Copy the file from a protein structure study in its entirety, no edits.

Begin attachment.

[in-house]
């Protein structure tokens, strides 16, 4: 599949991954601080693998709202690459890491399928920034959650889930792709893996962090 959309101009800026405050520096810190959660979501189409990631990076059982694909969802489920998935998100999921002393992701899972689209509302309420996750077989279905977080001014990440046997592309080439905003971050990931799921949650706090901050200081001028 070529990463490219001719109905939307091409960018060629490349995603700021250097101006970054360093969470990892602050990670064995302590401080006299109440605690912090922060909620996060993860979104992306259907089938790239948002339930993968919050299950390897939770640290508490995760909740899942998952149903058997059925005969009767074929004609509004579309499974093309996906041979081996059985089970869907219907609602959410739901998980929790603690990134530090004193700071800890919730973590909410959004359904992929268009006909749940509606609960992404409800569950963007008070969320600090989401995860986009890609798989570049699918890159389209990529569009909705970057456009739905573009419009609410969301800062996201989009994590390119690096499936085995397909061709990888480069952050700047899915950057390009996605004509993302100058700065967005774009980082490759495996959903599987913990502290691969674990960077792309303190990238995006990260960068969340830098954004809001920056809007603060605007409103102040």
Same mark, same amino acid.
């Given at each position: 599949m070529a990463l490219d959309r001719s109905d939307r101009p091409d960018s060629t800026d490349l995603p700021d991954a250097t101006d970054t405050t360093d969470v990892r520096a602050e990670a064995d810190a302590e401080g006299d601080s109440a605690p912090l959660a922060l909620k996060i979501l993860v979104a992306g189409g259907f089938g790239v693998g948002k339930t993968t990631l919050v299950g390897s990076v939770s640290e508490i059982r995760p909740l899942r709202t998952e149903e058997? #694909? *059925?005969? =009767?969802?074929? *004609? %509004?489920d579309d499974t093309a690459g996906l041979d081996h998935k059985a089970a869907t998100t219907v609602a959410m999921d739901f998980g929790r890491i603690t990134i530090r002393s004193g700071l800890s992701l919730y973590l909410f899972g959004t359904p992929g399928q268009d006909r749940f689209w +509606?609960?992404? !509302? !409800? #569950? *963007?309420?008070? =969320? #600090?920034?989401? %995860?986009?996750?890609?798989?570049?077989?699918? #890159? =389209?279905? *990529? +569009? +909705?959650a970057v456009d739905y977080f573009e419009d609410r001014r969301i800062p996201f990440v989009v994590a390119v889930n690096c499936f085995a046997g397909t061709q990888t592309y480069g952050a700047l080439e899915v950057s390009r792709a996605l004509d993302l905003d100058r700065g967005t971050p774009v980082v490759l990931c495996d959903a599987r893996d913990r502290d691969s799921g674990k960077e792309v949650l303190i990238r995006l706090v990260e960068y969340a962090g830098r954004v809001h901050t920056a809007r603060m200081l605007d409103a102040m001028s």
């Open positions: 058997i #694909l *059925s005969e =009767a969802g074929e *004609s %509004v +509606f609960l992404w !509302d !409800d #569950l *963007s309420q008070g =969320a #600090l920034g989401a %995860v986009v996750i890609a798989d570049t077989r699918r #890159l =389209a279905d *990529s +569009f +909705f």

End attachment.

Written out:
[in-house]
């Protein structure tokens, strides 16, 4: 599949991954601080693998709202690459890491399928920034959650889930792709893996962090 959309101009800026405050520096810190959660979501189409990631990076059982694909969802489920998935998100999921002393992701899972689209509302309420996750077989279905977080001014990440046997592309080439905003971050990931799921949650706090901050200081001028 070529990463490219001719109905939307091409960018060629490349995603700021250097101006970054360093969470990892602050990670064995302590401080006299109440605690912090922060909620996060993860979104992306259907089938790239948002339930993968919050299950390897939770640290508490995760909740899942998952149903058997059925005969009767074929004609509004579309499974093309996906041979081996059985089970869907219907609602959410739901998980929790603690990134530090004193700071800890919730973590909410959004359904992929268009006909749940509606609960992404409800569950963007008070969320600090989401995860986009890609798989570049699918890159389209990529569009909705970057456009739905573009419009609410969301800062996201989009994590390119690096499936085995397909061709990888480069952050700047899915950057390009996605004509993302100058700065967005774009980082490759495996959903599987913990502290691969674990960077792309303190990238995006990260960068969340830098954004809001920056809007603060605007409103102040």
Same mark, same amino acid.
């Given at each position: 599949m070529a990463l490219d959309r001719s109905d939307r101009p091409d960018s060629t800026d490349l995603p700021d991954a250097t101006d970054t405050t360093d969470v990892r520096a602050e990670a064995d810190a302590e401080g006299d601080s109440a605690p912090l959660a922060l909620k996060i979501l993860v979104a992306g189409g259907f089938g790239v693998g948002k339930t993968t990631l919050v299950g390897s990076v939770s640290e508490i059982r995760p909740l899942r709202t998952e149903e058997? #694909? *059925?005969? =009767?969802?074929? *004609? %509004?489920d579309d499974t093309a690459g996906l041979d081996h998935k059985a089970a869907t998100t219907v609602a959410m999921d739901f998980g929790r890491i603690t990134i530090r002393s004193g700071l800890s992701l919730y973590l909410f899972g959004t359904p992929g399928q268009d006909r749940f689209w +509606?609960?992404? !509302? !409800? #569950? *963007?309420?008070? =969320? #600090?920034?989401? %995860?986009?996750?890609?798989?570049?077989?699918? #890159? =389209?279905? *990529? +569009? +909705?959650a970057v456009d739905y977080f573009e419009d609410r001014r969301i800062p996201f990440v989009v994590a390119v889930n690096c499936f085995a046997g397909t061709q990888t592309y480069g952050a700047l080439e899915v950057s390009r792709a996605l004509d993302l905003d100058r700065g967005t971050p774009v980082v490759l990931c495996d959903a599987r893996d913990r502290d691969s799921g674990k960077e792309v949650l303190i990238r995006l706090v990260e960068y969340a962090g830098r954004v809001h901050t920056a809007r603060m200081l605007d409103a102040m001028s």
């Open positions: 058997i #694909l *059925s005969e =009767a969802g074929e *004609s %509004v +509606f609960l992404w !509302d !409800d #569950l *963007s309420q008070g =969320a #600090l920034g989401a %995860v986009v996750i890609a798989d570049t077989r699918r #890159l =389209a279905d *990529s +569009f +909705f």